It’s about 1 p.m. on a Tuesday, and Dr. Julio Menocal has already seen 50 patients during the day.

He spent the majority of his lunch break dealing with two pharmaceutical company representatives, who came in with name tags pinned to their crisp suits.

The doctor sits behind his desk, his white coat loosely buttoned. His eyes are bloodshot.

He’s exhausted.

He says he has only a few months of this left in him — leading his staff, paying the bills, seeing patients — but he can’t leave when there’s so much work to do.

Menocal is a savior for thousands of people on Frederick’s Golden Mile who can’t afford health care. He has made an impact, especially in the Hispanic community, where access to care is a luxury for some.

According to Census estimates from 2014, about 23 percent of Hispanic residents of Frederick County don’t have health insurance. In the majority white population, about 5 percent are uninsured.

But Menocal thinks 23 percent is a low estimate. For every one of those county residents counted in the Census, he believes there are four non-citizens who go uncounted.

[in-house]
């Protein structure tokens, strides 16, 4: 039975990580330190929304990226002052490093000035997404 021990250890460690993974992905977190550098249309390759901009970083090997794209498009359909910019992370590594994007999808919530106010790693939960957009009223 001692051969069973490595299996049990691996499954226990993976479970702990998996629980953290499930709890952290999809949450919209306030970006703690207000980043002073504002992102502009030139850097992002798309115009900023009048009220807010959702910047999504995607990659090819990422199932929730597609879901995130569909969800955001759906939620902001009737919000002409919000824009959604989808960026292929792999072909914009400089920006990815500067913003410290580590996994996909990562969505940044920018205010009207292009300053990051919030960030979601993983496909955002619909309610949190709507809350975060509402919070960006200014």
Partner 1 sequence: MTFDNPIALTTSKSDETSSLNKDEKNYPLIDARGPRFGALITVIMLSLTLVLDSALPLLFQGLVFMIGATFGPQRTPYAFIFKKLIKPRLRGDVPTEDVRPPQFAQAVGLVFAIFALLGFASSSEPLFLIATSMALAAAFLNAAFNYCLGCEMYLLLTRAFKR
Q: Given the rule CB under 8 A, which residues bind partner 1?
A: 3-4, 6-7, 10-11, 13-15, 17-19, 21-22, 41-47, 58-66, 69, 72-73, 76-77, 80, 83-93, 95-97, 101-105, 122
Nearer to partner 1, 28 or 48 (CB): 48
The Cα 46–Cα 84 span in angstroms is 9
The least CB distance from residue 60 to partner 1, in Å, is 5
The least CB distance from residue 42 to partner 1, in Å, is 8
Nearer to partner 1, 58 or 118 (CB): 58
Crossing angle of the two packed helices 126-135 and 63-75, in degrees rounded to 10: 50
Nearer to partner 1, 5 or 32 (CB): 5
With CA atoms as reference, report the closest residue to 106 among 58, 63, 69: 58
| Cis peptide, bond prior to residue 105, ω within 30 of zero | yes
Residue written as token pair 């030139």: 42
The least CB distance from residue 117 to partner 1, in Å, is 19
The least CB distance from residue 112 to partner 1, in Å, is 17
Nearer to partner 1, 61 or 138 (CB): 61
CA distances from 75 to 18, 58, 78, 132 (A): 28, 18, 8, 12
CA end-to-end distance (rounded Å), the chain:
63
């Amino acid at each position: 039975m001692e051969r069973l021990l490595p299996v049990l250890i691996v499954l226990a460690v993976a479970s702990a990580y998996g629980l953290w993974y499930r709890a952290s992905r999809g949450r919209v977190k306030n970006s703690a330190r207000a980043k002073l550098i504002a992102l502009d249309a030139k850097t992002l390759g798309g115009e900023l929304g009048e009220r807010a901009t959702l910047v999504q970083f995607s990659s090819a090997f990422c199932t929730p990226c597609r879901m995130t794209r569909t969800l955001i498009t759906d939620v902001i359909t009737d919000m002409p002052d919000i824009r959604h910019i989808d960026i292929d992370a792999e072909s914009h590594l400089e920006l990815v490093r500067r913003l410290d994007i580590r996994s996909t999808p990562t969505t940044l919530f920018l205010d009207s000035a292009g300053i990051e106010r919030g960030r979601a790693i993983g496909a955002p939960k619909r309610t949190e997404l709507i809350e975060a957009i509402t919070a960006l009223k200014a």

There are about 32,000 patients in his territory area along the Golden Mile who qualify for medical assistance programs, including Medicaid. Menocal cares for about 5,000 of them.

But you have to be a U.S. national, a permanent resident or a citizen to qualify for Medicaid, and Medicaid doesn’t cover everything.

Diego Chavez, 22, moved to the U.S. from Guatemala 10 years ago. His parents took him here to get better care for the scoliosis he’s had since he was a child.

Chavez has never been able to walk and has had multiple operations to adjust his severely curved spine and realign his hips. He gets around in an electric-powered chair he steers with his left hand.

Scoliosis affected much of his physical development, pulling his head and limbs in different directions, according to his father, Marco Chavez.

“His head, before the surgery, looked like this,” he said, laying his hand on his son’s right shoulder, indicating that Diego’s ear was parallel with it.